This allows Alice to access any network resources accessible to her identity. Applications, such as messaging software, group based application software and other such applications can be accessed and executed from system A2 while preserving Alice's identity from A1.

FIG. 2 illustrates a local login for the present invention. In data flow 1, Alice starts a peer-based application and enters credentials such as an e-mail address and passphrase. In data flow 2, system A unlocks Alice's profile using her passphrase. In dataflow 9, system A sends location information to a relay server (R/S). In dataflow 10, R/S responds to A with the R/S's view of A's network endpoint. In dataflow 11, system A signs location information and sends it to R/S. This allows system A, and R/S/ to determine the systems where Alice is logged in. This facilitates message passing to allow active instances of Alice's identity on the network.

FIG. 3 illustrates the process of a user enrolling in a system to permit remote peer logins. One of the primary concerns with a system that uses email addresses for credentials as part of a login, is that a check must be performed to ensure that a user has control of the email address that they are supplying. In data flow 20, Alice provides peer A personal information and e-mail address. System A generates secure credentials, encrypts personal information and sends encrypted information in an e-mail message addressed to the provided e-mail address as shown in dataflow 22. In data flow 26, Alice receives the e-mail sent by peer A. The e-mail message preferably includes an embedded hyperlink. To indicate receipt of the e-mail message, Alice clicks on the embedded hyperlink accessing a resource in system A as indicated by data flow 28. This hyperlink connects Alice to system A, which upon recognizing Alice, through use of information passed through the hyperlink, and optionally further challenge-response data, decrypts the personal information and displays it to Alice, as shown by data flow 30. Alice can then verify the accuracy of the personal information and confirm that she is who she claims to be by providing the previously submitted passphrase over data flow 32. As shown by data flow 34, upon confirmation of Alice's possession of the e-mail address, system A creates Alice's profile and locks it using her passphrase.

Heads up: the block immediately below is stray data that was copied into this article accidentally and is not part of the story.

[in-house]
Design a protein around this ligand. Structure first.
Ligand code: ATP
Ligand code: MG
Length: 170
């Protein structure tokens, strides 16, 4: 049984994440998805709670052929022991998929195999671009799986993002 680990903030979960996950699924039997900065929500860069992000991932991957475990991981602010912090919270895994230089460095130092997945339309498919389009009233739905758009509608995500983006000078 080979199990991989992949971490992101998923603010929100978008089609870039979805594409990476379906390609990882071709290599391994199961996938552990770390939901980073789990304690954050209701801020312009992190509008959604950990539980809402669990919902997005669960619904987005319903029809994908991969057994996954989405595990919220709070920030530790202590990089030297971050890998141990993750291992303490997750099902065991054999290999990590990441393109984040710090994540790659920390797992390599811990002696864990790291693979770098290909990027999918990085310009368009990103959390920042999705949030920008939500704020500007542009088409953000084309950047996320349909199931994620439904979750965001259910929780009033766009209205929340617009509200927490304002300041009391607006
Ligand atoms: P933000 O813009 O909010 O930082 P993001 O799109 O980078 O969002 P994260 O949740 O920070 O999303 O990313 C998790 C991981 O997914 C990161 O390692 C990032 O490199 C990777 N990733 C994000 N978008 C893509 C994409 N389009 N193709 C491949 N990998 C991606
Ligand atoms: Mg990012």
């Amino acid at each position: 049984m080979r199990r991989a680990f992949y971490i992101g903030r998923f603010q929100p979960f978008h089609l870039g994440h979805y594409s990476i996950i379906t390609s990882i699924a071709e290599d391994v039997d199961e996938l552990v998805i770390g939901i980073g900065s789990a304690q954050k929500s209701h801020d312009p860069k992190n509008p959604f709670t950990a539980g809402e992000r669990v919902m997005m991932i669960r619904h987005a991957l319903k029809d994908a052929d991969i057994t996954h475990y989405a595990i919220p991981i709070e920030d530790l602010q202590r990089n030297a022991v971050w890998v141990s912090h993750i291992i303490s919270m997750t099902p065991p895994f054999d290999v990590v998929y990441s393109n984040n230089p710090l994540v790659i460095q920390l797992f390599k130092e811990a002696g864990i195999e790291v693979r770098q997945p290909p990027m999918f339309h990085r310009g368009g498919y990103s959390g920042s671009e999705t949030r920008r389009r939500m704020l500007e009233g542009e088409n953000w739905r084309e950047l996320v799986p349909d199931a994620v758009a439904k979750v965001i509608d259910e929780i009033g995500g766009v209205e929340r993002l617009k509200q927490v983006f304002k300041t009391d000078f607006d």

The system described herein can make use of the technologies described in each of RFC 2104 “HMAC: Keyed Hashing for Message Authentication”, RFC 2246 “The TLS Protocol Version 1.0”, RFC 2289 “A One-Time Password System” and RFC 3369 “Cryptographic Message Syntax (CMS)” to implement specific aspects of the present invention. One skilled in the art will appreciate that reliance upon the methods and systems described in the RFCs is not strictly required, and is instead merely preferred. The methods described in the RFCs are intended to be exemplary and not limiting, as one skilled in the art will appreciate that these results may often be achievable using other means without departing from the scope of the present invention.

FIG. 4 illustrates a method of transferring an identity profile according to an embodiment of the present invention. In step 100, an identity profile is created. In step 102, the peer hosting the identity profile receives a log in request. This request preferably includes a token that is encrypted with a known encryption key, and a requesting node location identifier that is signed with a known encryption key. The token is decrypted and transmitted back to the requesting node in step 104. The node then receives a profile request in step 106 and transmits the profile in response to the authenticated request in step 108. One skilled in the art will appreciate that the use of known keys, such as a shared symmetric key, provides the node hosting the identity information proof that a shared secret is possessed by the requesting node. This secret was sent using an out of bound communication, and thus provides a degree of security to the system.